Our Body Makes Neurotransmitters, So Give It Nutrition Instead of Psych Meds
"Those with psychiatric symptoms aren't missing certain chemicals. They are missing certain nutrients that make those chemicals." - Healing Without Hurting.
Our bodies are amazing machines. When we provide our cells with nutrient-dense whole food nutrition free of chemicals, additives, pesticides, and herbicides, our bodies flourish. If our body is nutrient deficient or full of toxins, it can lead to cell death, immunodeficiency, and physical and mental health illness. According to the July 2017 edition of Nutrients, thirty-one to forty-five percent of the United States population has some nutritional deficiency. Before a psychiatrist prescribes a psychiatric medication, testing for levels of nutrients in the body is essential.
The brain is the greediest organ of our body, with some particular dietary requirements. It's hardly surprising that nutritional deficiencies lead to mental health issues such as depression, anxiety, memory deficiencies, attention, cognition issues, sleep problems, and sensory processing disorders. The most common nutrient deficiencies leading to mental disorders are omega–3 fatty acids, B vitamins, minerals, and amino acids that are precursors to neurotransmitters.
When diet and lifestyle is addressed, and an intervention is put in place to correct for deficiencies, there is a remarkable change. In a 2016 study in the Journal of Evidence-Based Integrative Medicine, "patients reported multiple benefits across all conditions addressed and felt their emotional and or neurological symptoms diminished significantly."
Other symptoms of nutritional deficiencies include weight gain due to a slower metabolism, fatigue, salt and sugar cravings, muscle weakness, diminished sex drive, hair loss, brittle hair and nails, and scaly skin. There are many causes of nutritional deficiencies including, eating a Standard American Diet (SAD) lacking essential nutrients, low absorption due to poor digestion, metabolic issues due to genetic mutations, lack of nutrients in our soil, and medications. And so, a vicious cycle ensues.
"Common medications deplete vital nutrients essential to your health." - Hyla Cass, MD.
The sad reality is that many people eat poorly-paying no attention to how their eating habits affect their mental health, and many are too quick to find the "quick fix" remedy. Our allopathic psychiatrists and doctors do not get training in a systems biology to treatment, nor are they encouraged to offer this advice. The lack of knowledge in this area is primarily because the pharmaceutical companies fund our medical schools. There is no money in good nutrition or healthy people.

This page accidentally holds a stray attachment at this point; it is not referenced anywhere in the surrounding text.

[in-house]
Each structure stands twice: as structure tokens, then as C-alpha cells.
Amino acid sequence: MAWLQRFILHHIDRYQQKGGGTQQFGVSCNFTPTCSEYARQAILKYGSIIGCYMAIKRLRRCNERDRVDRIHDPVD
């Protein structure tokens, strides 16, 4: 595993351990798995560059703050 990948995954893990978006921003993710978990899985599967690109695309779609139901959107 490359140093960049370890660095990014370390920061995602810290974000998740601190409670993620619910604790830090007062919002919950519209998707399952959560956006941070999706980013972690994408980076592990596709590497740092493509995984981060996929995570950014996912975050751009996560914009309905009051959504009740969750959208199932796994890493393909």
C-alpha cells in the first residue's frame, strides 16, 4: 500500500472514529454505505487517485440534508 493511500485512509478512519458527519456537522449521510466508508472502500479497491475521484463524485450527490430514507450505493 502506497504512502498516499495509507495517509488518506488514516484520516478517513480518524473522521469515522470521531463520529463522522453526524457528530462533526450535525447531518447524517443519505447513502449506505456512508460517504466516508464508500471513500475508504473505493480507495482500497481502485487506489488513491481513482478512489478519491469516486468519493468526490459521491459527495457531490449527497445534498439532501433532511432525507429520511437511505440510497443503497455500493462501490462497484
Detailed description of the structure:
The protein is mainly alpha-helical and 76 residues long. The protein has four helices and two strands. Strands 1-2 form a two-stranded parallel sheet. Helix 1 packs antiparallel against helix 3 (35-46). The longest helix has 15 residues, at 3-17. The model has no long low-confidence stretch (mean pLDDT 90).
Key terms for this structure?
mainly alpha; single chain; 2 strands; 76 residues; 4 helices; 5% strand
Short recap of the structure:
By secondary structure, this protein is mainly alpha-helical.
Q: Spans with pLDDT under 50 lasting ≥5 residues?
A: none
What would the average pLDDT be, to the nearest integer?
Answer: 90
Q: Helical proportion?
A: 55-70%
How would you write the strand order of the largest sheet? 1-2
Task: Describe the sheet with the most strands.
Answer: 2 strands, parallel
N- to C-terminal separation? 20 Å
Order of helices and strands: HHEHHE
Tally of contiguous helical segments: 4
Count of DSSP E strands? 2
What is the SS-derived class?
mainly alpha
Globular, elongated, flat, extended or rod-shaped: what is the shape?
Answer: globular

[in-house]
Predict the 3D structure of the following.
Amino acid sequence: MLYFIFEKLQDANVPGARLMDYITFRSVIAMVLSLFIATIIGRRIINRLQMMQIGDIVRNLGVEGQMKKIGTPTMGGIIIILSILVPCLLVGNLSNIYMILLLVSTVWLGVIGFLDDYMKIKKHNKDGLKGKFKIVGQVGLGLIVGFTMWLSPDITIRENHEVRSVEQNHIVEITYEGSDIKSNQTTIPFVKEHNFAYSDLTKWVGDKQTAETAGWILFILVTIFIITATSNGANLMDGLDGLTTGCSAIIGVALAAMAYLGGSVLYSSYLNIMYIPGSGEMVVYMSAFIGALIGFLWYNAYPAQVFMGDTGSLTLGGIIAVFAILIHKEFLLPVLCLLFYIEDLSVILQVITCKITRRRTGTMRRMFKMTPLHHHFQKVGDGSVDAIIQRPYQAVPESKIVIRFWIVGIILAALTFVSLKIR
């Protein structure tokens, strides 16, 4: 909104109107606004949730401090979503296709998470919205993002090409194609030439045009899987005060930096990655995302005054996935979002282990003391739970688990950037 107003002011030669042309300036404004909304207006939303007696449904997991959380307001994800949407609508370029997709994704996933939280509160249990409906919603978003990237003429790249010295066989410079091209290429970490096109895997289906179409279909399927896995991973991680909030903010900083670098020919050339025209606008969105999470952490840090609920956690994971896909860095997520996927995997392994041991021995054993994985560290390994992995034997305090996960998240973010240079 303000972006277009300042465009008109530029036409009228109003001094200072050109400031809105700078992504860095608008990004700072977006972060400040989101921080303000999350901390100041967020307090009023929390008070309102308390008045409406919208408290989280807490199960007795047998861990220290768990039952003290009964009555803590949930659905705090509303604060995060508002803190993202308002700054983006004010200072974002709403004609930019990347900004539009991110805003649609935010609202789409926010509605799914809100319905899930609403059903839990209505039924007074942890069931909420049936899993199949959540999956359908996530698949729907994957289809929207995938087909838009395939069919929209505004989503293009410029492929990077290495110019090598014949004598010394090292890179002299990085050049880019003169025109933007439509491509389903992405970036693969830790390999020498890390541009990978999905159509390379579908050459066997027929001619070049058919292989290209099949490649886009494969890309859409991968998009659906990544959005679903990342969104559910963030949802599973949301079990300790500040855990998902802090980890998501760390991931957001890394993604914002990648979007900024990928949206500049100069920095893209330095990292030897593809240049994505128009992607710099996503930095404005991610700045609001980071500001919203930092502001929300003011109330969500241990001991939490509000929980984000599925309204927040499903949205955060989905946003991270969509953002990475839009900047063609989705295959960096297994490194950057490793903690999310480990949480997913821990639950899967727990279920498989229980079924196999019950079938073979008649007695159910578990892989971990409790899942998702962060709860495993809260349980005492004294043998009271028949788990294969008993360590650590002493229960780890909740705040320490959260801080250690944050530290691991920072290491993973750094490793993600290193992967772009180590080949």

Why We Need to Eat Enough Protein
Eating enough protein is vital. We can get adequate protein from many plant sources, as well as meat products. Everyone talks about how those with mental health issues need more dopamine or serotonin, which usually translates into more medication. However, if we look at the physiology behind how neurotransmitters are made in the first place, most of them depend on an adequate intake of protein. Protein is broken down into amino acids, and the amino acids are then converted to neurotransmitters with the help of other nutrients such as B vitamins and specific minerals.
Interestingly, medication does not increase the levels of these chemicals in the body; it only re-uptakes what is already there. So, if a person is deficient, the medication may do little to remedy the situation. If it recirculated back to the brain where there may be too much already, side-effects could occur.
Two of the most common brain chemicals involved with depression are dopamine and serotonin. These chemicals, called neurotransmitters, regulate mood. Serotonin deficiency can lead to depression. Hence why antidepressants known as SSRIs (selective serotonin reuptake inhibitors) are typically the go-to medication treatment.
Serotonin is actually created by an amino acid called tryptophan. Niacin (vitamin B3) is part of the metabolizing process of forming serotonin from tryptophan. Therefore, niacin deficiency can also directly impact mood by affecting your production of serotonin. Dopamine is produced from the amino acid tyrosine and phenylalanine, both of which can be obtained from protein-rich foods.
Melatonin is an important hormone that helps to regulate our sleep cycle. The conversion of serotonin to melatonin is controlled by the suprachiasmatic nucleus (SCN) of the hypothalamus, the coordinator of the body's circadian rhythms. Many doctors, both holistic and conventional, often recommend it for sleep problems. Although generally safe in lower doses and limited time, supplementing this powerful hormone may have some side effects. Some of them include nightmares, grogginess, seizures, tics, headaches, nausea, diabetes, small testicles, and depression. To avoid synthetic substitutes, we can provide the brain's pineal gland what it needs to make melatonin. The necessary nutrients include tryptophan, GABA, fatty acids, B vitamins, zinc, and magnesium.
As one can see, proper nutrition and getting enough nutrients is essential to our mental well-being. Instead of running to get a script, perhaps it is time to address the many other root causes of mental health issues, including nutritional deficiencies. To learn more about how to help you or your family overcome ADHD, autism, and mental health conditions, while at the same time improving your overall health I am offering a FREE downloadable PDF of an online presentation I recently gave containing these tips and much more. Learn why eating protein is essential and why microbiome diversity is critical. SIGN UP HERE to receive your free download today. To purchase my book Healing Without Hurting, click here.